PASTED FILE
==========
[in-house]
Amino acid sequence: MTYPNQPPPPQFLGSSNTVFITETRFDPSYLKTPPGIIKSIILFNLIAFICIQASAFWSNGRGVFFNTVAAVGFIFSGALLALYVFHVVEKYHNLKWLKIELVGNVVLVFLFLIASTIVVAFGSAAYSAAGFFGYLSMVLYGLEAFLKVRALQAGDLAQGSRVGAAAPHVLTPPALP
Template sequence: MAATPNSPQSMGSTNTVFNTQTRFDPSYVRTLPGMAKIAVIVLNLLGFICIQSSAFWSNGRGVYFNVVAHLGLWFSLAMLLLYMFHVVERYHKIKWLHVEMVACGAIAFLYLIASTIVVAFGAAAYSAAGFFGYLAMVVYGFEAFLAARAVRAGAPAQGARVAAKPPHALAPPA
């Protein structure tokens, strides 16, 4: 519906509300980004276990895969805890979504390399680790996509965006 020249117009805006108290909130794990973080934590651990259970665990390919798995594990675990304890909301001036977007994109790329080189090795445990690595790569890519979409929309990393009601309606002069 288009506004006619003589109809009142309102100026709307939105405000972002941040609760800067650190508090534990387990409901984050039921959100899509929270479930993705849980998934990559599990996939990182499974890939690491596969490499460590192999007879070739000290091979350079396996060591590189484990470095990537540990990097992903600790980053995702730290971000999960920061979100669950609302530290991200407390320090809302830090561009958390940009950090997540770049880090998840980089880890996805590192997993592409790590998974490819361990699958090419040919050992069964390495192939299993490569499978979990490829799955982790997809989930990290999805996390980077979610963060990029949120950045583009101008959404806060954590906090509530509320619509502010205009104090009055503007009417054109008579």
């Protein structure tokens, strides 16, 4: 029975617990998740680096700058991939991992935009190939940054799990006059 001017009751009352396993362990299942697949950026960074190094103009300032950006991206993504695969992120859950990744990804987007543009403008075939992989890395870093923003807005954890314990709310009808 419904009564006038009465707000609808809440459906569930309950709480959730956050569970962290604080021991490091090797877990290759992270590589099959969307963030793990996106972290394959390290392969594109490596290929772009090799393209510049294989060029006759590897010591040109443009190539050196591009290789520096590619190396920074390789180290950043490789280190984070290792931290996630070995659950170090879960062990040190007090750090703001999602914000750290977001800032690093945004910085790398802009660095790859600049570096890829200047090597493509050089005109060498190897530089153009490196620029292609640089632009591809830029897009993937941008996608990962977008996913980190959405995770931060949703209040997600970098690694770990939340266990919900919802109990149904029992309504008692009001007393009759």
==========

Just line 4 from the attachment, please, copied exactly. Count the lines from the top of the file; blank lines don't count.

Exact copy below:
């Protein structure tokens, strides 16, 4: 519906509300980004276990895969805890979504390399680790996509965006 020249117009805006108290909130794990973080934590651990259970665990390919798995594990675990304890909301001036977007994109790329080189090795445990690595790569890519979409929309990393009601309606002069 288009506004006619003589109809009142309102100026709307939105405000972002941040609760800067650190508090534990387990409901984050039921959100899509929270479930993705849980998934990559599990996939990182499974890939690491596969490499460590192999007879070739000290091979350079396996060591590189484990470095990537540990990097992903600790980053995702730290971000999960920061979100669950609302530290991200407390320090809302830090561009958390940009950090997540770049880090998840980089880890996805590192997993592409790590998974490819361990699958090419040919050992069964390495192939299993490569499978979990490829799955982790997809989930990290999805996390980077979610963060990029949120950045583009101008959404806060954590906090509530509320619509502010205009104090009055503007009417054109008579």